Online Bookstore that specializes in selling rare titles


Friday, April 8, 2022

The Ancient Japanese 'Killing Stone' That Hold The Spirit Of A Nine-Tailed Fox Has Split In Two

Tamamo-no-Mae, Japanese Killing Stone

Tamamo-no-Mae, a wicked and hostile nine-tailed fox spirit who could transform into an alluring woman, was contained within the stone split in half igniting a worldwide controversy. The older, wiser, and more powerful a fox (狐, Kitsune) becomes, the more tails it has (up to nine).

Last month, a slab of volcanic rock associated with the Japanese legend of a nine-tailed fox split in two, causing panic and alarm among residents and social media. Sessho-Seki, or "death stone," is a volcanic rock that was cracked open in Japan's Nikko National Park, some 100 miles north of Tokyo. 

According to Japanese mythology, after an assassination attempt on the emperor, her soul was trapped within the Sessho-seki stone. The spirit of the fox was then transported to a stone in Tochigi, Japan, near Tokyo. The rock is believed to have been destroyed many years ago, and the demon was exorcised by a Buddhist monk who then spread fragments of the stone throughout Japan. However, many people think that the spirit's abode is still on Mount Nasu's slopes. According to legend, anyone who comes into contact with the stone will perish.

Tamamo-no-Mae, Japanese Killing Stone

The Japanese word for fox is (狐, Kitsune). The foxes frequently appear in Japanese folklore. In legends, they are described as intelligent beings with magical abilities that improve with age and wisdom. According to Yokai tradition, all foxes can shapeshift into men or women. While some folktales depict Kitsune as cunning tricksters, similar to how foxes do in folklore, others portray them as devoted protectors, friends, lovers, and wives. Kitsune has been a part of Japanese religious culture for as long as the culture has existed in any meaningful sense. Long before imperial control, nomadic tribes inhabited Japan and firmly held polytheistic animist beliefs that powered their spirit worlds. (These ideas were not grouped as Shintoism until the advent of Chinese Buddhists and Confucians in the 6th century AD.)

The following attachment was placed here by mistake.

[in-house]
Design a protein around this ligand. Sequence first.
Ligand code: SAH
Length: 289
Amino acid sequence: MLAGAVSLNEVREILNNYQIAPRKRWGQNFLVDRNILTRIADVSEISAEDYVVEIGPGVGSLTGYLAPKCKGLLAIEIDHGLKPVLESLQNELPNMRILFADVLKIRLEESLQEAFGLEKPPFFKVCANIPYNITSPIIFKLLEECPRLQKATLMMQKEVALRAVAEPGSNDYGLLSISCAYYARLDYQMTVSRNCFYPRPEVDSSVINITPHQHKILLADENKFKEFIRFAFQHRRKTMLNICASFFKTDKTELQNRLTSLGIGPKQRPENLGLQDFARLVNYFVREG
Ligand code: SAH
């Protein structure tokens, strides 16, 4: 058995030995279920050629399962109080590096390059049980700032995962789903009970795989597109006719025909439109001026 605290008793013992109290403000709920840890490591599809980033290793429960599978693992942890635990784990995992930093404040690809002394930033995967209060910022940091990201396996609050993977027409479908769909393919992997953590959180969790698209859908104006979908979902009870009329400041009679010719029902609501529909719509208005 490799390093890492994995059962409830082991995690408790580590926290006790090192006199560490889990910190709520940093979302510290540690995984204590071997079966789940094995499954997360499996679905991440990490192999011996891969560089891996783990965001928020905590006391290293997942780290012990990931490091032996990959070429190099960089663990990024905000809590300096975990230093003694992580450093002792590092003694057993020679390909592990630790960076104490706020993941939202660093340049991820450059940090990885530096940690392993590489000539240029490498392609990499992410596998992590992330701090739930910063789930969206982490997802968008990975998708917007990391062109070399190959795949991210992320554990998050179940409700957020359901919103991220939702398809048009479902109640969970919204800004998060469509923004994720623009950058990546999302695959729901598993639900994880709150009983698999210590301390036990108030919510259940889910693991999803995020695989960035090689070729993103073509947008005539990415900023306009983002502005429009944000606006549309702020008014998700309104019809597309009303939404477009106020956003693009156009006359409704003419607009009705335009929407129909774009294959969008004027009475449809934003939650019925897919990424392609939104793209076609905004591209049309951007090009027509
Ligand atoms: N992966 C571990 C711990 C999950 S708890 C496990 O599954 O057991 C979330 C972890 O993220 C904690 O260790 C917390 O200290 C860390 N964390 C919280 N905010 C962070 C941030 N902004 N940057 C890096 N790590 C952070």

The nine-tailed fox (Kitsune) recurs throughout stories in Japanese history, usually appearing as an intelligent and cunning being with paranormal abilities and often residing at Shinto shrines. In the Japanese creation story, they're portrayed as having a deep connection with their human companions and manifestations of a significant kami (Shinto spirit). The kitsune myths easily distinguish ordinary foxes and kitsune yokai – regular foxes have only one tail while the yokai animals have two, three, or even up to nine tails. What's more, according to the Shinto myths the more tails a kitsune has, the older and more powerful it is.

Tamamo-no-Mae, Japanese Killing Stone

In ancient Japan, foxes and humans coexisted in close quarters, giving rise to stories about the species. Kitsune are strongly tied with Inari, a Shinto kami or deity, and act as messengers for him. The fox's mystical importance has been strengthened due to its role. Some people worship them as deities because of their potential power and prestige.

According to The Guardian, the volcanic boulder was a historical landmark in 1957 and a popular tourist attraction. Some speculate that the spirit of the fox demon Tamamo-no-Mae has been reborn after approximately 1,000 years, rendering the rock dangerous to people who dare to approach it.

Another possibility is that cracks in the granite emerged several years ago, allowing rainfall to seep inside and undermine its structure. It's unclear whether the fracture set the female fox spirit loose to wreak more harm, but there's hope. According to The New York Times, a tourism association in the Nikko area stated in a recent Facebook post that the stone's fracturing was an "auspicious foretoken" and that the nine-tailed fox spirit could "tame the coronavirus and the current world crisis."

When war wages and financial markets fluctuate, maybe Tamamo-no-Mae is the nine-tailed hero we didn't realize we were looking for. Japanese culture has long piqued the interest of various communities throughout the world, including Canadian painters and NFT producers who incorporate Tokyo-style aesthetics in their digital art and American gamers who are dedicated to the Nintendo brand. Another example of Japanese culture serving as a never-ending source of Western fascination.


By Joshua Marasigan

No comments:

Post a Comment